iOS's Safari and iPFire Proxy

Hello, is it normal that an iOS device such as an iPhone circumvents the non transparent proxy, as seen by example with blacklisted sites?

I suspect that iOS tries to connect via proxy, and then, if not successful, it does somehow connect directly via 443/tcp to the target web site sucessfully anyway.

If I create a firewall rule which blocks 80/tcp and 443/tcp from blue to red, the proxie’s blacklists seems to work; anyhow, some http/s based applications other than browsers don’t work anymore, both on mobille devices and workstations, so this doesn’t seem to be an option.

Help very appreciated, thank you!

In case you did not do it, set up the WPAD and in ios settings for the wifi network, you can set the device in autodiscovery mode. When I had an ios device it worked well for me both for safari and for any app. If this does not solve the problem, I think maybe using apple configurator is the best way to go. You can also consider the possibility to put the device in supervised mode (in this case, backup the data) which introduces a global setting for proxy.

Regardless, you should block any connection in the firewall for port 80/443 and then one by one, identify the software that malfunctions and either try to convince it to use the proxy, or if impossible introduce an exception only for that machine in the firewall. Security is a gigantic headache, there is no way around it, but is much less expensive than the alternative.

Hi, thanks for clarifying. I’ve set up wpad and it seems to work as iPFire logs blacklisted site access in “URL filter logs” when surfing these with Safari on iOS, however, the page loads anyway with WPAD configured.

In case of “hard configuring” the proxy via IP and port (setting “manual” in iOS WLAN settings), Safari blocks blacklisted web sites correctly but some web related apps, e.g. Instagram, stop working as they can’t load content any more.

I’ve googled around the past days but wasn’t successful.

How about setting up an OpenVPN server and make your clients connect to it? Even in the blue zone of your lan you can have a OpenVPN tunnel. Maybe instagram app will then behave?

I did this to see if I could block the blue network from doing anything, including going to the red zone and connecting to the the DNS, the proxy and the IPFire machine, and it works. With a rule in the firewall I allow only the OpenVPN ip range to reach the proxy. In case you want to try, here some pointer.

In the configuration file for the clients (.ovpn) you identify the server with the local lan ip address of the IPFire machine (you can put in there the dns name pointning to the public IP too, if you want it reachable from internet ). Then you set up /var/ipfire/ovpn/scripts/server.conf.local with something like this (from my own setting):

#### Viscosity proxy setting for macbook ####
push "dhcp-option HTTPPROXY"
push "dhcp-option HTTPSPROXY"

### iOS proxy setting for the browser ###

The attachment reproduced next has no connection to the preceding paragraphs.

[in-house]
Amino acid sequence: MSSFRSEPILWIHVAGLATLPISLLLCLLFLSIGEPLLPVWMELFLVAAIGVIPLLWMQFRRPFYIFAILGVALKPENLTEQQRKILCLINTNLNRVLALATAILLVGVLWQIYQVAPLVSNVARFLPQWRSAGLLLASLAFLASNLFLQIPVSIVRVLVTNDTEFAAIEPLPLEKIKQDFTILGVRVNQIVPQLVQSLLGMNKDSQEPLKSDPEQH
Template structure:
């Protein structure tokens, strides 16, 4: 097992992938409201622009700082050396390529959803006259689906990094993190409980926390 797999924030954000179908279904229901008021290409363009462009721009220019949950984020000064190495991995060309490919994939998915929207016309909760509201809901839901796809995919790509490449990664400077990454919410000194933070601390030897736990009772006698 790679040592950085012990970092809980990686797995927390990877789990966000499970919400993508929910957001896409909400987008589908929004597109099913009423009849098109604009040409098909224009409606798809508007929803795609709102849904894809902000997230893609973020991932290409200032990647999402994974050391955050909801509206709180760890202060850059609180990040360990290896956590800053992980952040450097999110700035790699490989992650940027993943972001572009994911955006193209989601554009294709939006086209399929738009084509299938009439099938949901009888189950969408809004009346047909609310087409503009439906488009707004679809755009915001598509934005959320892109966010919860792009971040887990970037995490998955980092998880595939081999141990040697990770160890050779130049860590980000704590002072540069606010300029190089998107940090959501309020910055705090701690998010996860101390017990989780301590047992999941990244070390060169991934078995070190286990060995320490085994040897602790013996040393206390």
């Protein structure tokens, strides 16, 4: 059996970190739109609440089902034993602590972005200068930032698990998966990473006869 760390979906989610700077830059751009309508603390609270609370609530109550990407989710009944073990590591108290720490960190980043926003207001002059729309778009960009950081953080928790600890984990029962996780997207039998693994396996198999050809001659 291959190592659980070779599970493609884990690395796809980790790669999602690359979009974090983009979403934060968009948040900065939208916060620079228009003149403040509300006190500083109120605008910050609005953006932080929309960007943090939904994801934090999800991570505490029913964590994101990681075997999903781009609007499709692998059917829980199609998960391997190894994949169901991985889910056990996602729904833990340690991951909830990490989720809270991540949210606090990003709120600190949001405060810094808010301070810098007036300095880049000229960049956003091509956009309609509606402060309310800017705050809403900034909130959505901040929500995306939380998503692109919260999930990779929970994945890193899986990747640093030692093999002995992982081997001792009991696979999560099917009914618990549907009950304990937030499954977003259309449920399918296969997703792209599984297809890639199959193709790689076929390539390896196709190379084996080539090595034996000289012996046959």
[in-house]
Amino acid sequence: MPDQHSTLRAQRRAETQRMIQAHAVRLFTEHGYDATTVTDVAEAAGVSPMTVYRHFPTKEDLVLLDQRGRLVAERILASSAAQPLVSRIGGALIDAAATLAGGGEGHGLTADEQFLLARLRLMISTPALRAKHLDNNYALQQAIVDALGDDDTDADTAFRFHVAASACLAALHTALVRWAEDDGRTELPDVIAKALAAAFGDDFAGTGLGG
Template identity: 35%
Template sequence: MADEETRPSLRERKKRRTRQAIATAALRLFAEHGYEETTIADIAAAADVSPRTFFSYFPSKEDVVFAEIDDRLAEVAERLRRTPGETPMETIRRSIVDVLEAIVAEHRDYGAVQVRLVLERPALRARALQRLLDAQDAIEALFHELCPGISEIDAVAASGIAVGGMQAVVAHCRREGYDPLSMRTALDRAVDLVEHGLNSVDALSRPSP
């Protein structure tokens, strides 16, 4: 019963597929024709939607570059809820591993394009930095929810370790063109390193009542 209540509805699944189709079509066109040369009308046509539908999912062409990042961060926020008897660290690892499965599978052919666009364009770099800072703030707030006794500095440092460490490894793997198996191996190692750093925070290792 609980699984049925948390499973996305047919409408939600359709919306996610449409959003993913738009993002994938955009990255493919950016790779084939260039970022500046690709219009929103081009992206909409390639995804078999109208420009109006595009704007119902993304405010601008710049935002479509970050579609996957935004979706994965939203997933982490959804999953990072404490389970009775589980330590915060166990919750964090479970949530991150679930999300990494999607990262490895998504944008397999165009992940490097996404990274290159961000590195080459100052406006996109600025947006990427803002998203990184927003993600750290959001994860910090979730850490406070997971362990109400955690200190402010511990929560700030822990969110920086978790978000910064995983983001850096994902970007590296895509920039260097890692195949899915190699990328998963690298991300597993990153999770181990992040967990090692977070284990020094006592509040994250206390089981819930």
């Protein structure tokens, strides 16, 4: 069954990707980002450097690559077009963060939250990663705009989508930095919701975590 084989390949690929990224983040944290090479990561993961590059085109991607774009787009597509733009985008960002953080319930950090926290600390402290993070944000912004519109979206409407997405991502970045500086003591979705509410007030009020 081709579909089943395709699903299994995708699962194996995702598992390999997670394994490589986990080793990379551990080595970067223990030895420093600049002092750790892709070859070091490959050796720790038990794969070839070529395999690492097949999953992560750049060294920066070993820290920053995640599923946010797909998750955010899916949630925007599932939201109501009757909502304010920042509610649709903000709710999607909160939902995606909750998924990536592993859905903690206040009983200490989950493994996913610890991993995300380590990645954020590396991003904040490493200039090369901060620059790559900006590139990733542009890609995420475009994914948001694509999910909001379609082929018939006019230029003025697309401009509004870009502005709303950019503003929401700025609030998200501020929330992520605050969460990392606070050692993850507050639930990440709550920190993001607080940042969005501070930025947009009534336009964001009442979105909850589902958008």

push "dhcp-option PROXY_HTTP 800"
push "dhcp-option PROXY_HTTPS 800"

### iOS setting for internal network connection, see manpage --float ###
push "dhcp-option float"

To clarify my setting, you can push any string in there. It happens that I use as a client for my macbook Viscosity that accepts the DHCP option in a slightly different syntax compared to iOS.

Aside from your suggestion regarding OVPN I played around with iOS a bit and I wonder why when setting up eg. for the green proxy on my iOS’s wirelesss network (on BLUE) everything works in contrast to using for the blue proxy.

I’d really like to know what I need to configure to get the proxy working fine on BLUE. It seems to me it doesn’t have to do with wpad settings anyway.

A good hint would greatly be appreciated.

I need to ask, did you enable the blue network on the proxy settings?

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Yes, I did. Per accident I discovered some other problems I seem to have not just on iOS but also on Windows 11.

It appears that my proxy auto config file may not work with Windows Store and it’s apps, though it works with the browsers (e.g. Edge, Crome) as well as with Windows Update. Setting the proxy manually by

netsh winhttp set proxy

lets Windows Store work, too. Also, disabling Proxy Autoconfig in Windows 11 and adding the proxy manually leads to a working environment.

So I assume there is something with the WinHTTP Proxy Autodiscovery Service and my iPFire config for wpad.dat / proxy.pac.

I really have no clue what that could be as I did it just as described in the howtos. This is not satisfying, especially on BLUE, where the problem resides, too, as e.g. the laptop should be able to be flexible on different WLANs.

Okay. I redid some configs on the iPFire and the Windows 11 workstations (both on green and blue) work nicely now with proxy. So, sorry for breaking in with that topic.

What remains is that setting the BLUE proxy IP on iOS in the WLAN settings does not work, neither per wpad nor manually. Setting the GREEN proxy IP manually works well.

I think I will try the OpenVPN solution now you’ve suggested.

Used a different iPhone with iOS 14 and the proxy worked so far; well Youtube wasn’t working, but … the proxy worked with it’s blacklist as well as everything else.

Then found this: Safari 15 iOS Bypasses proxy.pac P… | Apple Developer Forums


According to here Apple Developer Documentation, Section “Depreciations”, iOS 15 doesn’t support HTTP URL schemes for PAC any more, just HTTPS.

Is this possible with iPFire?

Good morning,

just for the books: I tried out automatic proxy detection on my iOS 15 device with a letsencrypt certificate for the domain by using haproxy and dehydrated yesterday.

Though I was able to download the wpad file via https://wpad.mydomain.tld/wpad.dat, the iOS device didn’t configure the proxy anyway, neither with or without the URL provided in the network settings.

Think I will have to look at this again.